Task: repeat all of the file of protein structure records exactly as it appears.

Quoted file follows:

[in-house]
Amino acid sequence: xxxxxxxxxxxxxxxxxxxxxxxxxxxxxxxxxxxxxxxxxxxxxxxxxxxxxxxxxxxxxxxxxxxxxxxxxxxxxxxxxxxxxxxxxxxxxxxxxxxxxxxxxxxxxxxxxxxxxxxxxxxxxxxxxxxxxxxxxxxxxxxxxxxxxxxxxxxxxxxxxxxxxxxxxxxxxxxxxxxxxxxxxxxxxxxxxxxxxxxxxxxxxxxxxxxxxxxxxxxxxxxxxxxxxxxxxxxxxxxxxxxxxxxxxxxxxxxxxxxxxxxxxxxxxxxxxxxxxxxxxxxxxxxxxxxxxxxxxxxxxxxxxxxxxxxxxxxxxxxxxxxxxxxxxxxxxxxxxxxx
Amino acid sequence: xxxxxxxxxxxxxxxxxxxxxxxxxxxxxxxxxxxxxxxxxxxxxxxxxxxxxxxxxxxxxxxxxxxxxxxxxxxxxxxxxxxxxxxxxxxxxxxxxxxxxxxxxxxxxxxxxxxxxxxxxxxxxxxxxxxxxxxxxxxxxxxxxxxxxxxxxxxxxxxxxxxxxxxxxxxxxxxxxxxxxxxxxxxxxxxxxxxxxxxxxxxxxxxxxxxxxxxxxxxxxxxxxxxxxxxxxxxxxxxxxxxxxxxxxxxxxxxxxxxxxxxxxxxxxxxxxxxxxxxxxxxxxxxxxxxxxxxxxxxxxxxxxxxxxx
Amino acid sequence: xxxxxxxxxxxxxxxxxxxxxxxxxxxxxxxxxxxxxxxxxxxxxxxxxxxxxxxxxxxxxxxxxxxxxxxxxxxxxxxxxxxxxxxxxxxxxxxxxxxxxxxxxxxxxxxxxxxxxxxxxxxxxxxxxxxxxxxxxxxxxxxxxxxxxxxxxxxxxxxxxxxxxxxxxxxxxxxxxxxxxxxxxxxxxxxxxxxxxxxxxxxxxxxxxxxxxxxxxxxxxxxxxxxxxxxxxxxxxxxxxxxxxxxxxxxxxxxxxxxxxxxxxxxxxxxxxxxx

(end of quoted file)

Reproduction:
[in-house]
Amino acid sequence: xxxxxxxxxxxxxxxxxxxxxxxxxxxxxxxxxxxxxxxxxxxxxxxxxxxxxxxxxxxxxxxxxxxxxxxxxxxxxxxxxxxxxxxxxxxxxxxxxxxxxxxxxxxxxxxxxxxxxxxxxxxxxxxxxxxxxxxxxxxxxxxxxxxxxxxxxxxxxxxxxxxxxxxxxxxxxxxxxxxxxxxxxxxxxxxxxxxxxxxxxxxxxxxxxxxxxxxxxxxxxxxxxxxxxxxxxxxxxxxxxxxxxxxxxxxxxxxxxxxxxxxxxxxxxxxxxxxxxxxxxxxxxxxxxxxxxxxxxxxxxxxxxxxxxxxxxxxxxxxxxxxxxxxxxxxxxxxxxxxx
Amino acid sequence: xxxxxxxxxxxxxxxxxxxxxxxxxxxxxxxxxxxxxxxxxxxxxxxxxxxxxxxxxxxxxxxxxxxxxxxxxxxxxxxxxxxxxxxxxxxxxxxxxxxxxxxxxxxxxxxxxxxxxxxxxxxxxxxxxxxxxxxxxxxxxxxxxxxxxxxxxxxxxxxxxxxxxxxxxxxxxxxxxxxxxxxxxxxxxxxxxxxxxxxxxxxxxxxxxxxxxxxxxxxxxxxxxxxxxxxxxxxxxxxxxxxxxxxxxxxxxxxxxxxxxxxxxxxxxxxxxxxxxxxxxxxxxxxxxxxxxxxxxxxxxxxxxxxxxx
Amino acid sequence: xxxxxxxxxxxxxxxxxxxxxxxxxxxxxxxxxxxxxxxxxxxxxxxxxxxxxxxxxxxxxxxxxxxxxxxxxxxxxxxxxxxxxxxxxxxxxxxxxxxxxxxxxxxxxxxxxxxxxxxxxxxxxxxxxxxxxxxxxxxxxxxxxxxxxxxxxxxxxxxxxxxxxxxxxxxxxxxxxxxxxxxxxxxxxxxxxxxxxxxxxxxxxxxxxxxxxxxxxxxxxxxxxxxxxxxxxxxxxxxxxxxxxxxxxxxxxxxxxxxxxxxxxxxxxxxxxxxx